Emergency Responses to Covid-19 Outbreak: Experiences and Lessons from a General Hospital in Nanjing, China



The novel coronavirus 2019 (SARS-CoV-2) has caused wide dissemination across the world. Global health systems are facing the unprecedented challenges. Here we shared the experiences and lessons in emergency responses and management from our hospital, a government-assigned regional anti-Covid-19 general hospital in Nanjing, Jiangsu Province, China.


Our periodic strategies in dealing with Covid-19 were described in detail. An administrative response including the establishment of Emergency Leadership Committee that was in full charge of management was established. Modifications of infrastructure including the Fever Clinic, inpatient ward, outpatient clinic and operation room were carried out. Special arrangements for outpatient services, hospitalization and surgeries were introduced. Medical personnel training and patient educations were performed. Initiations of Covid-19 researches and application of information technology were introduced.


Since January 16, three cases have been confirmed in our hospital and no healthcare-associated infection was found. During the epidemics, 6.46% staffs suffered depression, 9.87% had anxiety, and 98% were satisfied with the infection control policy. Shortages in staffs and medical consumables, and limitation in space were the obstacles we encountered.


As the cost of in-hospital transmission is unbearable, our experiences and lessons suggested that prompt actions should be taken immediately to decrease or eliminate potential in-hospital transmission. Experience shared herein may be useful for those facilities that are and may encounter Covid-19.


In late December 2019, the first case of the unknown resource of Novel Coronavirus was reported in Wuhan, China [1]. It is officially recognized as SARS-CoV-2 by the International Committee on Taxonomy of Viruses recently [2]. Being highly contagious, Covid-19 has arisen a national pandemic with more than 81,300 confirmed cases and 3248 deaths in China, and a rapid transmission globally to 166 countries worldwide [3]. As a consequence, WHO escalated risk assessment to “very high” at a global level on February 28. Without doubt, local and global health systems are facing unprecedented challenges in urgent need of the preparedness and proactive strategy to enhance screening, treatment and prevention of the infections.

Zhongda Hospital, Southeast University is an academic and comprehensive regional medical center in Nanjing, Jiangsu Province. It is equipped with 2000 beds and has 2604 employees and approximately 1000 interns, residents and fellows, serving 4000–5000 outpatients daily. Nanjing is a metropolis with population eight million located in the East China. Both lying on the bank of Yangtzi River, it has close linkage with Wuhan in economics and transportation. Nanjing was therefore assessed as a high-risk region by the government, with a total of 93 Covid-19 patients confirmed so far. Adapted to the governmental emergency response, Zhongda Hospital was officially appointed as one of the four referring hospitals for Covid-19 patients’ care in the city.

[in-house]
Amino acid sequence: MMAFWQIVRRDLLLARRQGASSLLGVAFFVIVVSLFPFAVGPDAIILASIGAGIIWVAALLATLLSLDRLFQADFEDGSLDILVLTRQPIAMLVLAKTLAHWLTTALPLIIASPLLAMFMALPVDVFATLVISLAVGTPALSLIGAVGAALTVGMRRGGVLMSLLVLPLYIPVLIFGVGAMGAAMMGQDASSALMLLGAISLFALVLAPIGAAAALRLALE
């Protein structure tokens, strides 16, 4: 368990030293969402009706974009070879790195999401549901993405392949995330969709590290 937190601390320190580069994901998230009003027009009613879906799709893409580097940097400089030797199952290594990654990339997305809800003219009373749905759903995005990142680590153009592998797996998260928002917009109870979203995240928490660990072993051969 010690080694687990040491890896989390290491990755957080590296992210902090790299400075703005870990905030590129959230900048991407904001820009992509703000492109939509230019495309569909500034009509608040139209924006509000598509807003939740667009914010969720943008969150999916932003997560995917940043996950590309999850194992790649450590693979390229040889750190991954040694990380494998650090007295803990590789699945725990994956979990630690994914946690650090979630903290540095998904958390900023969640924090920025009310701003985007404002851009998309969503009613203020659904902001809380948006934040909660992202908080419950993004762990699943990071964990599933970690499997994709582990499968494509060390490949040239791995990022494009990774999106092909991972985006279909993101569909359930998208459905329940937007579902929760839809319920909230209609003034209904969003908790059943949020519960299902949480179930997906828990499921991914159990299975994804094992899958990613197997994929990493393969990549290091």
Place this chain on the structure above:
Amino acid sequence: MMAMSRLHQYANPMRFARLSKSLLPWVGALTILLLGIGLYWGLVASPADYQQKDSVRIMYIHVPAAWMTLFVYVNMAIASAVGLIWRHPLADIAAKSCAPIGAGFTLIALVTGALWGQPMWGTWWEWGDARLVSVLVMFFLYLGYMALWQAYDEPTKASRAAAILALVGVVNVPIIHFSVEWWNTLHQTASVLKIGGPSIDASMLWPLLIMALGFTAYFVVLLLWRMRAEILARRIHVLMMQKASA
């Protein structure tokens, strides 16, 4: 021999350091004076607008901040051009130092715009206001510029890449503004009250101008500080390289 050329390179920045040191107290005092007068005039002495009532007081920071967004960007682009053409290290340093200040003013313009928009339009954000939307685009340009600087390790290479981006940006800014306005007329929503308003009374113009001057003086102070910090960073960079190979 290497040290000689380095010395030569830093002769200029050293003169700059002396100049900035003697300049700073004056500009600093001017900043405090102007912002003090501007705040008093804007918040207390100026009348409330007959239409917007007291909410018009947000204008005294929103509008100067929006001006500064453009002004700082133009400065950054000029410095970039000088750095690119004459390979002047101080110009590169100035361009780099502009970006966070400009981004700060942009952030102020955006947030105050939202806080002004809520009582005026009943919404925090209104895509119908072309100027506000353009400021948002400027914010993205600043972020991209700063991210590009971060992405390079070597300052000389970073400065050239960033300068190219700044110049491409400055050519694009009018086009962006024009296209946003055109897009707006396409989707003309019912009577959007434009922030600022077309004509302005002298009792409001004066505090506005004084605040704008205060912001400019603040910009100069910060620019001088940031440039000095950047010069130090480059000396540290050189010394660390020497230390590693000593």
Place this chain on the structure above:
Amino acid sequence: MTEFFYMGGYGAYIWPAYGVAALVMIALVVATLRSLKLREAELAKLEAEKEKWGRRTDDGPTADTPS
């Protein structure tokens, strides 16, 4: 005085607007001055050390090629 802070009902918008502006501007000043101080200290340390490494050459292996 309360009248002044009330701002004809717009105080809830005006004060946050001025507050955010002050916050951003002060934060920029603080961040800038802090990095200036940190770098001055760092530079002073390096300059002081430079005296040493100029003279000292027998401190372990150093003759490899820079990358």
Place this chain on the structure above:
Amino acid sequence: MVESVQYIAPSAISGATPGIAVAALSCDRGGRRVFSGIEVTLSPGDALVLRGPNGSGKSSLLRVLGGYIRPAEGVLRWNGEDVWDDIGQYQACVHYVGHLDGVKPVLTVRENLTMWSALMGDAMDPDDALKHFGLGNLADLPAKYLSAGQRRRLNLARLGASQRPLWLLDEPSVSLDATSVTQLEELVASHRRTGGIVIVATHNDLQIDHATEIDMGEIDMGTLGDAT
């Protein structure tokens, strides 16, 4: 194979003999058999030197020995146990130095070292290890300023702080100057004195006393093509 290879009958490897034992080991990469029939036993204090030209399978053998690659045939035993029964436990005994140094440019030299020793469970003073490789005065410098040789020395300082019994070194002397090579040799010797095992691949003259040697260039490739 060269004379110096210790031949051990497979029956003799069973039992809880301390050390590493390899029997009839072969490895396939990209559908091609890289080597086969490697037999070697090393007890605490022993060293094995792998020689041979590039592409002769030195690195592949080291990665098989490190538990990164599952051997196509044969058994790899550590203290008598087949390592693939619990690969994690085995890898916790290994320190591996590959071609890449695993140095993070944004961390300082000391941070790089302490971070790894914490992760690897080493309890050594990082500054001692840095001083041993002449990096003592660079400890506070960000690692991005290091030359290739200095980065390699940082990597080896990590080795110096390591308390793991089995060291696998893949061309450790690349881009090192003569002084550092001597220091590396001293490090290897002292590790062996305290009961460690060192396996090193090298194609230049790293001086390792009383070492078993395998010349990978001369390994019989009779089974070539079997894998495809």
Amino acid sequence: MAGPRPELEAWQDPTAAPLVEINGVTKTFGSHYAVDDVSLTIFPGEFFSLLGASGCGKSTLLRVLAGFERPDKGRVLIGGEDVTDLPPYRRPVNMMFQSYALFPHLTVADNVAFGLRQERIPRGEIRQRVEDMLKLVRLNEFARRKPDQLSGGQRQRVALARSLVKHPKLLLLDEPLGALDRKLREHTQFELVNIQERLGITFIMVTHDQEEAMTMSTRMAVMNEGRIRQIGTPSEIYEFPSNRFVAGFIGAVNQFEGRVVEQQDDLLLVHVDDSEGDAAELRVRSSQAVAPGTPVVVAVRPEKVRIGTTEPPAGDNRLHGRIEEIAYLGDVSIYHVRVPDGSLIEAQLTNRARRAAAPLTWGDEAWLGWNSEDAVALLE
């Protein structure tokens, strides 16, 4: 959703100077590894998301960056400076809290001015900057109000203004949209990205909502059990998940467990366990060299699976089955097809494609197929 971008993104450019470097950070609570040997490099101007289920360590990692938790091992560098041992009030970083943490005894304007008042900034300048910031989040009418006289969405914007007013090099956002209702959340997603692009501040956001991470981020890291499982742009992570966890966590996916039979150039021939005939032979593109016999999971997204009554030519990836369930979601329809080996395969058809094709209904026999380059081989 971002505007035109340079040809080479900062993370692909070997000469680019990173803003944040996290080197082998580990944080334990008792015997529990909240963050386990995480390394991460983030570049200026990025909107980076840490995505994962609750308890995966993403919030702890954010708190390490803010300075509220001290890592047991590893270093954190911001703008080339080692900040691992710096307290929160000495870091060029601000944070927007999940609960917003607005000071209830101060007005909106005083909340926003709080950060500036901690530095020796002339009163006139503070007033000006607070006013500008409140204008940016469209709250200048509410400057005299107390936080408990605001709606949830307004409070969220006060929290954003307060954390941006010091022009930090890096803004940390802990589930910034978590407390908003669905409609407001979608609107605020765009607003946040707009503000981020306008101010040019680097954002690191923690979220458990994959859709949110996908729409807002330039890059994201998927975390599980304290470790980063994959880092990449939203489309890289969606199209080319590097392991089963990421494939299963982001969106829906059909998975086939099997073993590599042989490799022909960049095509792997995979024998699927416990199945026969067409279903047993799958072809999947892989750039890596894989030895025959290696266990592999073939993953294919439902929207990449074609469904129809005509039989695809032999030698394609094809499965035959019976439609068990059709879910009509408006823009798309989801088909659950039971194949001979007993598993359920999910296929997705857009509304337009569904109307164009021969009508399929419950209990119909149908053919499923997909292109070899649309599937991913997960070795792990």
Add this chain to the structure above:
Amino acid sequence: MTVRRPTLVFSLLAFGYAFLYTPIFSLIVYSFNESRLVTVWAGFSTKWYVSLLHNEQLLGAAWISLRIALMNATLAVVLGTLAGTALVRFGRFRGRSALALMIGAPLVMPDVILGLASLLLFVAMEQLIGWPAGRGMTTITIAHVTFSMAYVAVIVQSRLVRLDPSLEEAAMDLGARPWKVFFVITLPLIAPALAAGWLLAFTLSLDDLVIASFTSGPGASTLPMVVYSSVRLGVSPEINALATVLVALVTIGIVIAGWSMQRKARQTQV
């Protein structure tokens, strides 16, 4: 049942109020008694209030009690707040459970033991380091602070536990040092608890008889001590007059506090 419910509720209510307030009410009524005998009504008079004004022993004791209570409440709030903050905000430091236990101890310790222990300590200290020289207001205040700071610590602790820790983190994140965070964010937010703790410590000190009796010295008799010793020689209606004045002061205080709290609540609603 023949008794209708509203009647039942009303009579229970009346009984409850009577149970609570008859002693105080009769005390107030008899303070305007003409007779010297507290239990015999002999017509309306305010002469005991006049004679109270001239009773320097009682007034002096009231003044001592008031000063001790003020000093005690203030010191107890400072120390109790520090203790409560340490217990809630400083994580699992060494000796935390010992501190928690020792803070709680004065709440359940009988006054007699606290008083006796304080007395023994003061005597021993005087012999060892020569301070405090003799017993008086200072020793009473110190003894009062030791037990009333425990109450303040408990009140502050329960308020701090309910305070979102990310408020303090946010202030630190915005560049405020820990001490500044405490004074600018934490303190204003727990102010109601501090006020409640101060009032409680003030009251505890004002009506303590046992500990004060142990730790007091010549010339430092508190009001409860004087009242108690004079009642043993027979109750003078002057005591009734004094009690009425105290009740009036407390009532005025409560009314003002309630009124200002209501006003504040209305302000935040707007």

Confronting the outbreak and the ever-changing situation, we rapidly reacted and established periodic strategies including administrative team establishment, infrastructure modifications and special arrangement for clinic patients, hospitalizations and surgeries. Medical personnel training and patient educations were promoted, and advanced information technology was applied. We believe that these responses made significant contributions to the successful control of Covid-19 in-hospital spread while maintaining essential medical services. In the current paper, we would like to share our experiences and lessons in preparing and managements in the past nine weeks. It should be useful for the administration board, infection control team and any healthcare personnel who are facing or will encounter Covid-19.

Methods and Measures

Overview of Periodical Strategies

In general, the emergency responses of our hospital were sequentially practiced in three major phases according to the Covid-19 situation in Nanjing and China (Fig. 1) (Table 1).

Fig. 1

Three major phases of hospital emergency management. The first confirmed case in Jiangsu Province was reported on January 22 in Suzhou (red arrowhead), and the first patient in Nanjing was documented on the following day (blue arrowhead)

Table 1 Overview of the three phases and periodical strategies

Phase I: It was initially launched on January 16, at the time of the declaration of its potential for human-to-human transmission by Professor Nanshan Zhong, the appointed leading advisor in the epidemics. The number of confirmed cases quickly increased to 600 nationwide, with a continuous spreading potential, and thus Chinese government soon officially ranked Covid-19 as category B infectious disease, which was managed as category A. Structural and political alteration and improvement was our essential content in Phase I under the guidance of WHO and Centers for Disease Control and Prevention (CDC). These efforts in Phase I acted as a fundamental footstone throughout the time.

Phase II: With a progressive national outbreak in China and unfortunately an increasing number of confirmed cases in other countries, the WHO-convened second meeting of the Emergency Committee decided on the determination of a Public Health Emergency of International Concern. The heavy Chinese New Year travel further challenged the healthcare facilities. All preliminary measures that were taken in Phase I were immediately upgraded since the first case reported in Jiangsu and Nanjing on January 22 and 23 sequentially.